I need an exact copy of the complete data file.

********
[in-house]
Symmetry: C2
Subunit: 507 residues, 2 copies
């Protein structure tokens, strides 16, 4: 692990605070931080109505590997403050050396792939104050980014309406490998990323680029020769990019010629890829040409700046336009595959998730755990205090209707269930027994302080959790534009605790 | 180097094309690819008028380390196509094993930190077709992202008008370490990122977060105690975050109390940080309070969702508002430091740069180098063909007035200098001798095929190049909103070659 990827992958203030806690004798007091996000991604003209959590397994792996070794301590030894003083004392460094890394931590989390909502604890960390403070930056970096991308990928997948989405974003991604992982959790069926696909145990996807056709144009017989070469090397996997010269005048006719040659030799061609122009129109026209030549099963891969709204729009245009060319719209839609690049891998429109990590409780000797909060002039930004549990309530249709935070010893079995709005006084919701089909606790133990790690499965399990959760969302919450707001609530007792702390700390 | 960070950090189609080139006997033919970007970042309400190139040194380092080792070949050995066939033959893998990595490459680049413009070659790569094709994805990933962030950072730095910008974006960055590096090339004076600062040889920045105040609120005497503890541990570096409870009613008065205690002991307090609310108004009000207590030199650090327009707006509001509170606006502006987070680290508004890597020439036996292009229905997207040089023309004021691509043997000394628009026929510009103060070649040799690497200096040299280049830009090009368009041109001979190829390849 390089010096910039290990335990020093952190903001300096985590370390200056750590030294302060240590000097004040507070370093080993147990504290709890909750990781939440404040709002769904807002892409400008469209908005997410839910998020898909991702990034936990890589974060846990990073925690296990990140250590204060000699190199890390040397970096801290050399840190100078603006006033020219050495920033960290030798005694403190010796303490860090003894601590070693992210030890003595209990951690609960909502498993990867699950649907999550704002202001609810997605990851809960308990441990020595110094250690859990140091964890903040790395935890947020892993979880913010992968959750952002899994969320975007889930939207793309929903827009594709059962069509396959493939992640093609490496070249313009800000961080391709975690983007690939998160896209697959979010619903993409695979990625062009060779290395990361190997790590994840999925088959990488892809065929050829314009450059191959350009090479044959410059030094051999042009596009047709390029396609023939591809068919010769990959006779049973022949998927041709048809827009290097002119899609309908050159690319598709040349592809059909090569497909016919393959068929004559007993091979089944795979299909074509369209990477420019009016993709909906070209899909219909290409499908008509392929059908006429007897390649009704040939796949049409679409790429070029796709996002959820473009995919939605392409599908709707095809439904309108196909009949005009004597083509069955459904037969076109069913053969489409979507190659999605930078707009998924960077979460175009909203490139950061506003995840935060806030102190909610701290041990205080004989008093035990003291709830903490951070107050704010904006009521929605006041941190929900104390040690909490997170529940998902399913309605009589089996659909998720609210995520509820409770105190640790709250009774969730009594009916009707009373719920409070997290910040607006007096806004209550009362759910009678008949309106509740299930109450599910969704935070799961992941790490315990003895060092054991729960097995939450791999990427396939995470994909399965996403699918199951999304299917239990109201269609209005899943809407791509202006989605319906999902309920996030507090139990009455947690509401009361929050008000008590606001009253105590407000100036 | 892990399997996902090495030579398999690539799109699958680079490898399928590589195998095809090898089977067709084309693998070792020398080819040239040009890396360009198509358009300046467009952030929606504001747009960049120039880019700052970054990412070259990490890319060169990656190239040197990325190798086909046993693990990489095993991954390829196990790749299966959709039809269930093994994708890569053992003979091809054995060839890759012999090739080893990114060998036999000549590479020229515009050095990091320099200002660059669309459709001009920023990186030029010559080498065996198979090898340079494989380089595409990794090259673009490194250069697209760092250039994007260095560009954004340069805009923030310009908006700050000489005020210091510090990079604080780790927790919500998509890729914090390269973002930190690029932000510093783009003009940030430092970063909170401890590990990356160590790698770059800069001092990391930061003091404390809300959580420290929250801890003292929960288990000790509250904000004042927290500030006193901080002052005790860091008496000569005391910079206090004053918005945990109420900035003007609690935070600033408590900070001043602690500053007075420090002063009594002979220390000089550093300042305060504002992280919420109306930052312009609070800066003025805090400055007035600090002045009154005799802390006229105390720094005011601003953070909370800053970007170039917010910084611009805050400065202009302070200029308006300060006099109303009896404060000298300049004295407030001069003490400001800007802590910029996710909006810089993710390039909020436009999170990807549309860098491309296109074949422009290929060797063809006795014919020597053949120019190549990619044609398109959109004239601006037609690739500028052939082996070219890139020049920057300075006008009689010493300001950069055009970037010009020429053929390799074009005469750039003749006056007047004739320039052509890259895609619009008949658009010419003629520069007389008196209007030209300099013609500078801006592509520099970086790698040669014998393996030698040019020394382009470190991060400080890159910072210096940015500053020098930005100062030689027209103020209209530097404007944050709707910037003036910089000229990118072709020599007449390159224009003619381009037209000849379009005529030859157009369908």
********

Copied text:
[in-house]
Symmetry: C2
Subunit: 507 residues, 2 copies
């Protein structure tokens, strides 16, 4: 692990605070931080109505590997403050050396792939104050980014309406490998990323680029020769990019010629890829040409700046336009595959998730755990205090209707269930027994302080959790534009605790 | 180097094309690819008028380390196509094993930190077709992202008008370490990122977060105690975050109390940080309070969702508002430091740069180098063909007035200098001798095929190049909103070659 990827992958203030806690004798007091996000991604003209959590397994792996070794301590030894003083004392460094890394931590989390909502604890960390403070930056970096991308990928997948989405974003991604992982959790069926696909145990996807056709144009017989070469090397996997010269005048006719040659030799061609122009129109026209030549099963891969709204729009245009060319719209839609690049891998429109990590409780000797909060002039930004549990309530249709935070010893079995709005006084919701089909606790133990790690499965399990959760969302919450707001609530007792702390700390 | 960070950090189609080139006997033919970007970042309400190139040194380092080792070949050995066939033959893998990595490459680049413009070659790569094709994805990933962030950072730095910008974006960055590096090339004076600062040889920045105040609120005497503890541990570096409870009613008065205690002991307090609310108004009000207590030199650090327009707006509001509170606006502006987070680290508004890597020439036996292009229905997207040089023309004021691509043997000394628009026929510009103060070649040799690497200096040299280049830009090009368009041109001979190829390849 390089010096910039290990335990020093952190903001300096985590370390200056750590030294302060240590000097004040507070370093080993147990504290709890909750990781939440404040709002769904807002892409400008469209908005997410839910998020898909991702990034936990890589974060846990990073925690296990990140250590204060000699190199890390040397970096801290050399840190100078603006006033020219050495920033960290030798005694403190010796303490860090003894601590070693992210030890003595209990951690609960909502498993990867699950649907999550704002202001609810997605990851809960308990441990020595110094250690859990140091964890903040790395935890947020892993979880913010992968959750952002899994969320975007889930939207793309929903827009594709059962069509396959493939992640093609490496070249313009800000961080391709975690983007690939998160896209697959979010619903993409695979990625062009060779290395990361190997790590994840999925088959990488892809065929050829314009450059191959350009090479044959410059030094051999042009596009047709390029396609023939591809068919010769990959006779049973022949998927041709048809827009290097002119899609309908050159690319598709040349592809059909090569497909016919393959068929004559007993091979089944795979299909074509369209990477420019009016993709909906070209899909219909290409499908008509392929059908006429007897390649009704040939796949049409679409790429070029796709996002959820473009995919939605392409599908709707095809439904309108196909009949005009004597083509069955459904037969076109069913053969489409979507190659999605930078707009998924960077979460175009909203490139950061506003995840935060806030102190909610701290041990205080004989008093035990003291709830903490951070107050704010904006009521929605006041941190929900104390040690909490997170529940998902399913309605009589089996659909998720609210995520509820409770105190640790709250009774969730009594009916009707009373719920409070997290910040607006007096806004209550009362759910009678008949309106509740299930109450599910969704935070799961992941790490315990003895060092054991729960097995939450791999990427396939995470994909399965996403699918199951999304299917239990109201269609209005899943809407791509202006989605319906999902309920996030507090139990009455947690509401009361929050008000008590606001009253105590407000100036 | 892990399997996902090495030579398999690539799109699958680079490898399928590589195998095809090898089977067709084309693998070792020398080819040239040009890396360009198509358009300046467009952030929606504001747009960049120039880019700052970054990412070259990490890319060169990656190239040197990325190798086909046993693990990489095993991954390829196990790749299966959709039809269930093994994708890569053992003979091809054995060839890759012999090739080893990114060998036999000549590479020229515009050095990091320099200002660059669309459709001009920023990186030029010559080498065996198979090898340079494989380089595409990794090259673009490194250069697209760092250039994007260095560009954004340069805009923030310009908006700050000489005020210091510090990079604080780790927790919500998509890729914090390269973002930190690029932000510093783009003009940030430092970063909170401890590990990356160590790698770059800069001092990391930061003091404390809300959580420290929250801890003292929960288990000790509250904000004042927290500030006193901080002052005790860091008496000569005391910079206090004053918005945990109420900035003007609690935070600033408590900070001043602690500053007075420090002063009594002979220390000089550093300042305060504002992280919420109306930052312009609070800066003025805090400055007035600090002045009154005799802390006229105390720094005011601003953070909370800053970007170039917010910084611009805050400065202009302070200029308006300060006099109303009896404060000298300049004295407030001069003490400001800007802590910029996710909006810089993710390039909020436009999170990807549309860098491309296109074949422009290929060797063809006795014919020597053949120019190549990619044609398109959109004239601006037609690739500028052939082996070219890139020049920057300075006008009689010493300001950069055009970037010009020429053929390799074009005469750039003749006056007047004739320039052509890259895609619009008949658009010419003629520069007389008196209007030209300099013609500078801006592509520099970086790698040669014998393996030698040019020394382009470190991060400080890159910072210096940015500053020098930005100062030689027209103020209209530097404007944050709707910037003036910089000229990118072709020599007449390159224009003619381009037209000849379009005529030859157009369908």